Do I need "Transfers"?

Preface: I am not a spreadsheet person. I am not good at this so I am on a huge learning curve.

Do I need to use “Transfer” types?

Example: We are building up our savings, and we have different categories we are saving towards. Both our Checking & Savings accounts are linked to Tiller.

-I have the Expense “Pet Emergencies (Out)” as a category, where the $20 leaves our Checking Account every month.
-I have the Income “Pet Emergencies (Savings)” as a category where the $20 enters our Savings Account every month.

Don’t these zero each other out? Do I need to use “Transfer” types at all? Or hide anything?

If so, I have zero understanding of how those work and could use some help.

While your net worth may read correctly because they are balancing each other out, things like budgeting won’t work well since you’ll be seeing income and expenses transactions that don’t really exist mixed in with real income and expense transactions. For example, if you transfer $100 from savings to checking so you can pay a pet bill, and then you spend the $100 paying the bill, with your method your budget for pets is going to reflect that you spent $200. By classifying the transfer of funds as a transfer type, it will be filtered from budget consideration, so only the actual expense transaction will be shown.

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So if I can ask, how would you go about moving the $20 from your Checking to your Savings, using categories & Transfer types? Would you be able to give me a step by step? My brain’s having a hard time understanding it…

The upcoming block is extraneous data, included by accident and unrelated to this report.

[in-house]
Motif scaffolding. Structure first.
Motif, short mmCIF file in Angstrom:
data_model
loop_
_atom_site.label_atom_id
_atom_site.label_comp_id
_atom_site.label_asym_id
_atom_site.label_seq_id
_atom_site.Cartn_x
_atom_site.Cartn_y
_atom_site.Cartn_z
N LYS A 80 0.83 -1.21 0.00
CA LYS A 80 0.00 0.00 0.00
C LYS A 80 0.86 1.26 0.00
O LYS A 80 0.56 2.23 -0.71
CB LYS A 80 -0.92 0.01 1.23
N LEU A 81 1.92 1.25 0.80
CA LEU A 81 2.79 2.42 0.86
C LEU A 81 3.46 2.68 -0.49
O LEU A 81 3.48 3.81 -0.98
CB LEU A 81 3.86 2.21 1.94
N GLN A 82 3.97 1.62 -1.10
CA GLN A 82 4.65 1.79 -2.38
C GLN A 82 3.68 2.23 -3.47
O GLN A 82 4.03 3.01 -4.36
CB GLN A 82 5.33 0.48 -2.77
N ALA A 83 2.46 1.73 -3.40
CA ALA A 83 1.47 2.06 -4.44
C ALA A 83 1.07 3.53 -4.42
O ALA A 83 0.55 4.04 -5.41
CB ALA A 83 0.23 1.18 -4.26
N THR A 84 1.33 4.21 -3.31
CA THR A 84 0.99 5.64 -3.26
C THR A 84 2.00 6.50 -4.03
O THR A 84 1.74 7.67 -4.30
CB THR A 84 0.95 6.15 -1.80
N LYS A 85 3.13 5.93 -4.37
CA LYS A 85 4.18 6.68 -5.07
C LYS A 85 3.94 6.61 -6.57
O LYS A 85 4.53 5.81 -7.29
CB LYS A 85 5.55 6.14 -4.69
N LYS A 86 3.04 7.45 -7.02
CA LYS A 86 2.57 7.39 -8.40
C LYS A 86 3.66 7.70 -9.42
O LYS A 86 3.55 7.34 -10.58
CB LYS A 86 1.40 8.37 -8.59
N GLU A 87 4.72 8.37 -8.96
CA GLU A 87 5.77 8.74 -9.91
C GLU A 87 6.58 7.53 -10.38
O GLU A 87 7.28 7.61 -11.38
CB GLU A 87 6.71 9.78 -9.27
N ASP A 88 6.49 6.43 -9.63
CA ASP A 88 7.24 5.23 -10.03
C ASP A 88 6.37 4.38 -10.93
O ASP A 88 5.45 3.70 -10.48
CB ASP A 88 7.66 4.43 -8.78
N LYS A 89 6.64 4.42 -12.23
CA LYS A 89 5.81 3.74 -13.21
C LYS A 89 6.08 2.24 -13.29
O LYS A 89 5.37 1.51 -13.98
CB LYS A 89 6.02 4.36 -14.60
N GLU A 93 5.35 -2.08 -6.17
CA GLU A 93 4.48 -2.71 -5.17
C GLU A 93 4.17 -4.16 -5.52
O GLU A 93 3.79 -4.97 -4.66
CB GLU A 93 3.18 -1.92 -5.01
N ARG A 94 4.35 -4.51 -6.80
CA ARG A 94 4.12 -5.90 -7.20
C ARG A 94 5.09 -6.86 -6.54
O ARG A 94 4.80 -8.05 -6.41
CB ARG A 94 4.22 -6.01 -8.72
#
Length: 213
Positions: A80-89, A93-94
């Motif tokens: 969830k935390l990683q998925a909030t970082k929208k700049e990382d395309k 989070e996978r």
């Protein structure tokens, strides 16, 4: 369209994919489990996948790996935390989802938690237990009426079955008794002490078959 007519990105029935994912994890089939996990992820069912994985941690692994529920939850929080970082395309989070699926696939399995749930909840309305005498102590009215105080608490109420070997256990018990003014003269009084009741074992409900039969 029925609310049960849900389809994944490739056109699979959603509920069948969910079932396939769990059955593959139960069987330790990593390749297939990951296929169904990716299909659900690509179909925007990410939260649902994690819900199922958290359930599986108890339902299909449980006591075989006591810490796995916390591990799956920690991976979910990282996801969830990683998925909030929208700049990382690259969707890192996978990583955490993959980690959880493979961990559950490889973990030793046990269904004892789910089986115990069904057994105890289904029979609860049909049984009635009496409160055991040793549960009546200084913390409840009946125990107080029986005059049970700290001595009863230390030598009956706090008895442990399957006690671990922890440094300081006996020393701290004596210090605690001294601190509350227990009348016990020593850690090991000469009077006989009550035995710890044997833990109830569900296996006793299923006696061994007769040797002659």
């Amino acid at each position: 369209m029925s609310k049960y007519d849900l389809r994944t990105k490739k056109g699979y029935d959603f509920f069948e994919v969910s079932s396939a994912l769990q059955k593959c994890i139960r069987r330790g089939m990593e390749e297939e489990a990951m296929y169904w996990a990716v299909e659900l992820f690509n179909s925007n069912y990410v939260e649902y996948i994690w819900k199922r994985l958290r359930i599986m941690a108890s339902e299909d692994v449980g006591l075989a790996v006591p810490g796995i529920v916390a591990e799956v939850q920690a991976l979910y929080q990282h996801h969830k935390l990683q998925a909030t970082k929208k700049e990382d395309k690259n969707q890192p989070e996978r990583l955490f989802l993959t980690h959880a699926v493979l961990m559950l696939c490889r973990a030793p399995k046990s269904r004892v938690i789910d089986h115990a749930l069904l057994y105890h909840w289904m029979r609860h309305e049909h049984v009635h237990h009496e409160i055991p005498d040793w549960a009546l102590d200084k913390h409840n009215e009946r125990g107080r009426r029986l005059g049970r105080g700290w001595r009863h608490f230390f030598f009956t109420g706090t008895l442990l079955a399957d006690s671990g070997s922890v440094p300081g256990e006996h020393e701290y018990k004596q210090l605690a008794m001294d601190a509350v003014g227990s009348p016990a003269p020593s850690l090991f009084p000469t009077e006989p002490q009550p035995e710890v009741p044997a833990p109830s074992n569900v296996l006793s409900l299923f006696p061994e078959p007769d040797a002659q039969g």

Most people would just mark both of the transactions (out of checking, and into savings) with a category called “Transfer” that is of type “Transfer”. I’m a bit more fussy, I have both “Transfer Out” and “Transfer In” categories, both of type “Transfer” which makes it easier for me to tell if I’m missing a transaction on either side of each transfer (see the Linked Transfers template). With both transfers in a transfer category, they won’t show up in most reports or templates, giving you cleaner results for budgeting information.

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One last question, are these Transfers “hidden” anywhere? I would like for my Savings Budget sheet to show I moved the $20, so our budget is accurately funded/dispersed…but I also want my Savings Goal sheet to show that $20 is allocated for the Pet Emergencies fund.

I am also having some confusion with my husbands student loan repayment. We allocated $500 in the budget. We have a transaction showing the money leaving our checking account, and we have the transaction from the Student Loan company showing the $500 paid towards the loan. So I would mark these as Transfers as well?

Savings Budget doesn’t know about your accounts. When you move $20 from one account to another, it’s a transfer, so it doesn’t affect budgets. You’d need to use the ‘Adjust Savings’ tool in the Savings Budget sheet to modify your savings.

I don’t have any loans, so I haven’t had to worry about how to categorize those transactions, but if both accounts are in Tiller, then you’re transferring money between accounts, so they should be transfers. Seems there would be two other transactions from the loan company (the income/expense transactions) showing that some of the money transferred in went towards your interest payment, and some went toward reducing your principle, which would be reflected in a change in your balance for that loan. Maybe someone else with more loan experience can chime in on how they handle these.

On the loans i have, I use the debit from checking as the payment categorizing it as the debt payment since it is a negative amount and then have a transfer category of loan into account since the opposite will usually be a positive going towards the balance of the loan, this transfer stays hidden so it doesnt affect the budget besides the first transaction of a debit from the checking account.

Did the responses from @jpfieber and @bentyre1 help answer your question, @amcelroy09? They are some of the most knowledgeable users in the community and their suggestions align with Tiller best practices.

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